The following day begins with a rosary procession, a community mass, and a dance parade. On the last day of the festival, a competition between tribes occurs where they vie for the prizes and the tourists’ attention.

When is it celebrated?

Held annually in January, and lasts for about a week.

4. Panagbenga Festival

Panagbenga Festival is a month-long flower festival celebrated every February in Baguio City. The Kankanaey term “Panagbenga” means “season of blooming.” As such, this event boasts the luscious flowers that grow in the province.

Considering that it’s a month-long celebration, the province conducts various events daily. It starts with a grand opening parade, followed by a landscaping competition and exhibition.

There are cultural shows, painting exhibitions, and kite-flying challenges. Additionally, there’s a grand float parade where they showcase the various flowers in the city.

Every Sunday, there’s a Panagbenga Showcase wherein different activities happen. Painting, musical performances, you name it, they have it!

They cap off the festival during the first Sunday of March with an awarding and closing ceremony, as well as a fireworks display.

When is it celebrated?

Annually in February, and typically lasts for an entire month.

5. MassKara Festival

Bacolod, Negros Occidental, observes MassKara Festival every fourth Sunday of October. This festival aims to uplift the spirits of the locals.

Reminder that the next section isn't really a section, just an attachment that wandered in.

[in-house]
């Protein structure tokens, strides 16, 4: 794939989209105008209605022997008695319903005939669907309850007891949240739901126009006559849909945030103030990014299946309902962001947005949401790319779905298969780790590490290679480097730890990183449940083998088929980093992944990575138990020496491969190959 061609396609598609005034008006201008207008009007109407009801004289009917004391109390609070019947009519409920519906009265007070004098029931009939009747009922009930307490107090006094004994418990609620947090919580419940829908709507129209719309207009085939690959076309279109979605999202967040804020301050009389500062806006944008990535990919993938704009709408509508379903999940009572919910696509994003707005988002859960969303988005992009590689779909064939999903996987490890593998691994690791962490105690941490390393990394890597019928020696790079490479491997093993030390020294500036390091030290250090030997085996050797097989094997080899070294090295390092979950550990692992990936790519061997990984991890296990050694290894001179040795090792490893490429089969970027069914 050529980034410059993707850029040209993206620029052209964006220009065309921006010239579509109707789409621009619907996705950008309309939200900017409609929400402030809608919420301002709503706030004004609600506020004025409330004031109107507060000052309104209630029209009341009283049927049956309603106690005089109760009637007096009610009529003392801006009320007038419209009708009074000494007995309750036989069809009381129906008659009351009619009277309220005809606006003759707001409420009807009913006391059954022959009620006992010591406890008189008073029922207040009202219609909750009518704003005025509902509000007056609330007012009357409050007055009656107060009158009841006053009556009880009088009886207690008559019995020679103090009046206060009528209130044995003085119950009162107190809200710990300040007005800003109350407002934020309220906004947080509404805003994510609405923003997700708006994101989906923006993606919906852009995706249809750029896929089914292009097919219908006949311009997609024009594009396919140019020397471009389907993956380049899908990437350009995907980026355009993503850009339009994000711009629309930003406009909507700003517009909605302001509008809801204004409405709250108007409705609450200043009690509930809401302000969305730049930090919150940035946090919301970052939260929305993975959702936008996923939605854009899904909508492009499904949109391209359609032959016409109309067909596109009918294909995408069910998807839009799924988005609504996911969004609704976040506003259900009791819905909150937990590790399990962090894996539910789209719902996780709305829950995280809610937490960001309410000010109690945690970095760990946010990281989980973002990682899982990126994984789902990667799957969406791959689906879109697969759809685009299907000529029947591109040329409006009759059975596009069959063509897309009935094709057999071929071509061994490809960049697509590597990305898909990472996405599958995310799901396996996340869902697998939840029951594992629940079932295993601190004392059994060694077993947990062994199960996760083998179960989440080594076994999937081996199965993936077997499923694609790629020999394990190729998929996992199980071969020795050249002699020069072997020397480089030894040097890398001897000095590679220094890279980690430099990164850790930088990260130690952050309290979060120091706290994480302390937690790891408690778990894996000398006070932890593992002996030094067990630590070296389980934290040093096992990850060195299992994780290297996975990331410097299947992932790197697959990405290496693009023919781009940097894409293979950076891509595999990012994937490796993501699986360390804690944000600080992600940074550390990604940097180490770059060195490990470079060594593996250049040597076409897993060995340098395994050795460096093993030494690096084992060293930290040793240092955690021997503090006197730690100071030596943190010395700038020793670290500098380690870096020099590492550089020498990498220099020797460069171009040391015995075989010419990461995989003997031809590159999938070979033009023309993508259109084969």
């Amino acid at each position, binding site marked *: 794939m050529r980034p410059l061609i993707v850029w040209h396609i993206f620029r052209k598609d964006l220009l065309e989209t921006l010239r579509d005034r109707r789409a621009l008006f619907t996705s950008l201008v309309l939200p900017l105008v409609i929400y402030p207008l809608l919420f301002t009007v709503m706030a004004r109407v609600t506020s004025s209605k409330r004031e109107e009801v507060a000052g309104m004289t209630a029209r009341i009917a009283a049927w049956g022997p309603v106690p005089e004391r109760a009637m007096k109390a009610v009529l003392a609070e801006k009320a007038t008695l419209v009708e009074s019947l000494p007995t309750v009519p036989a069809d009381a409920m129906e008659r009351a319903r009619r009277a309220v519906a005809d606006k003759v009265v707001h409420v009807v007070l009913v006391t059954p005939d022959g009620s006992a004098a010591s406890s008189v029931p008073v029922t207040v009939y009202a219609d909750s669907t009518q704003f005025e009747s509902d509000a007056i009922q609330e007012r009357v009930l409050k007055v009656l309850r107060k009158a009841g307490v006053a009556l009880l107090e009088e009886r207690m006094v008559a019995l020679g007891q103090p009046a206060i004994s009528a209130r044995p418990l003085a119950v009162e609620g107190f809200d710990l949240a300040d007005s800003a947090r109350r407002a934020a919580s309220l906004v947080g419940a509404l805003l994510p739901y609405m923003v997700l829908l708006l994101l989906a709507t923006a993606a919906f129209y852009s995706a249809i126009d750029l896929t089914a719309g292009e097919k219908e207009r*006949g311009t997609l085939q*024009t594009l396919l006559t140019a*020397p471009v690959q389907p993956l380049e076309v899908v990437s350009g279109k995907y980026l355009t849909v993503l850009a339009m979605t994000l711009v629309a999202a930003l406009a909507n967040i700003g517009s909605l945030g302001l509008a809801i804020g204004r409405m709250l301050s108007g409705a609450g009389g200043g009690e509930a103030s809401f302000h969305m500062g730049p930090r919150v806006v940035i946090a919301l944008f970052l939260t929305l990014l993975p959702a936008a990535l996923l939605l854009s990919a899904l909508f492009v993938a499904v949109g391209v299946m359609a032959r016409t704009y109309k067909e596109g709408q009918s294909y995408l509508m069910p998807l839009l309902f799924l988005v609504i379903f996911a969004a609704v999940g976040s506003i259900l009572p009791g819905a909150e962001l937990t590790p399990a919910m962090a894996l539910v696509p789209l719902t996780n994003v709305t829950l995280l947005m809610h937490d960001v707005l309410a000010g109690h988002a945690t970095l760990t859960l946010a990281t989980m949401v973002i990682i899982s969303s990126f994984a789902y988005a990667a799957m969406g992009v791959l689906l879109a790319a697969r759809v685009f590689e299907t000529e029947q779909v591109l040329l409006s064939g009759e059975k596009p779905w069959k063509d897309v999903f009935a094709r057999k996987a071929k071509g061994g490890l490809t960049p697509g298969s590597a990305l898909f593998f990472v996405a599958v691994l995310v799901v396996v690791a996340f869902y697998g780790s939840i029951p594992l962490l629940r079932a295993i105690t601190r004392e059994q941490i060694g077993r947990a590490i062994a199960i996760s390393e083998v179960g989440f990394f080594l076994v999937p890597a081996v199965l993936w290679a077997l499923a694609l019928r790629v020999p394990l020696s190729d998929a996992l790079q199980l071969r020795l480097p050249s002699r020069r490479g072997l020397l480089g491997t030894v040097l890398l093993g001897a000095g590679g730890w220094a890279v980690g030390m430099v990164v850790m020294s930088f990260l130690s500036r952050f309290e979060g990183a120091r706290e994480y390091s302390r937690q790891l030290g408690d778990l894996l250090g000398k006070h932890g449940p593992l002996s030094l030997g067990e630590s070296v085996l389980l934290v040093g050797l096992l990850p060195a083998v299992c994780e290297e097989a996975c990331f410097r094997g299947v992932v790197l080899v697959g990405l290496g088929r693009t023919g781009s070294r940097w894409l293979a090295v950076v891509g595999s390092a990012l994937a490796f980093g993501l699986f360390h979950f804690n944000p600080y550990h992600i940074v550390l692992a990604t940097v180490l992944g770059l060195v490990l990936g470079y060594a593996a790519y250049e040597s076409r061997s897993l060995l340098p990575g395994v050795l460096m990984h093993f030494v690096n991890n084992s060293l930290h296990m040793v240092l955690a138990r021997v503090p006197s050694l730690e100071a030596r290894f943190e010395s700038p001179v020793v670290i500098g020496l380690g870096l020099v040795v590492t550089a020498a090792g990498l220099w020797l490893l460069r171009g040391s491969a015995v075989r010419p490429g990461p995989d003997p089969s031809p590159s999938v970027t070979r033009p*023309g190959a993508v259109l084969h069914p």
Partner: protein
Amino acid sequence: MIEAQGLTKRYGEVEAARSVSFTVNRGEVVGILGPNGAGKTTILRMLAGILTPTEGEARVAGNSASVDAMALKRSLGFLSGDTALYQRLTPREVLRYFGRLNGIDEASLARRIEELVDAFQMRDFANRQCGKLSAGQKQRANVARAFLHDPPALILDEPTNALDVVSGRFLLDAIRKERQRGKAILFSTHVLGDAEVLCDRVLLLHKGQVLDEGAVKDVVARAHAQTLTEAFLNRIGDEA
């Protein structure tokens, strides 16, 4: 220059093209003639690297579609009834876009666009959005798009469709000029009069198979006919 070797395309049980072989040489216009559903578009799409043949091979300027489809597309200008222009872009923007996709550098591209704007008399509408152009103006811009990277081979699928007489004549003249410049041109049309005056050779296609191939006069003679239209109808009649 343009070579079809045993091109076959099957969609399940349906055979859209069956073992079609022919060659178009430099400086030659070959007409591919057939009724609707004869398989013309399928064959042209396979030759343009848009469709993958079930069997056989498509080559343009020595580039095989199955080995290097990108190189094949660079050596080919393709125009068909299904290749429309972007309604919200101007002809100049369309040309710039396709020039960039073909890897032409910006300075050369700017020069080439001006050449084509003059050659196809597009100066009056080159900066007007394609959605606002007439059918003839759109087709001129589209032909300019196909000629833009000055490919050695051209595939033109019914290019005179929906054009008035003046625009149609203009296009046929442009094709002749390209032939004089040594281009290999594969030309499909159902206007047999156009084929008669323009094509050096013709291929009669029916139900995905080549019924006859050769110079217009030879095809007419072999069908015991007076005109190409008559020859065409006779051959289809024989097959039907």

It’s because, during the 1980s, the province faced extreme hardships. Since they heavily relied on sugar as their primary source of livelihood, the effects brought about by the sugar crisis significantly impacted them. On top of that, a maritime accident that resulted in the loss of the lives of 700 Negrenses happened.

So, the Mayor of the province decided to liven up the spirits of the people by celebrating their resilience despite the adversities they faced. As such, they started wearing masks, which oftentimes have smiles on their faces.

Mass means many, while the Spanish word “Kara” means “face.” Thus, the portmanteau “MassKara” means “face of the masses or a multitude of smiling faces.”

The festival features a parade of masked people dancing and gyrating to the rhythm of Latin musical beats. There are activities, too, such as carnivals, bugle corps competitions, beauty pageants, food festivals, and much more.

When is it celebrated?

Every 4th Sunday in October.

6. Pintados Festival

Pintados Festival happens at Tacloban, Leyte during the 29th of June, which is the Feast Day of Señor Santo Niño de Leyte. Aside from celebrating the feast, this event commemorates Filipinos’ pre-colonial tattooing tradition.

Spaniards used the term Pintados, which means “painted people.” It refers to the Filipinos with tattoo art covering their bodies. 

However, the tattoos aren’t just body decorations—they serve as their symbol of bravery. As such, the person with the most tattoos on their body is the bravest.

Multiple events take place during the festival. There’s the Festival of Festivals of Leyte, Ritual Dance Presentation of Pintados, and the Pagrayhay (celebration for the Grand Parade.)

The festival of festivals of Leyte showcases the small-scale festivals that each municipality celebrates. Moreover, the Ritual Dance Presentation of Pintados is the performance of folk dances by tattooed people.

When is it celebrated?

Every 3rd week in March.

7. Moriones Festival

Moriones is a festival that happens during the lenten season of Marinduque. It’s a vibrant festival that tells the story of the Passion of Christ.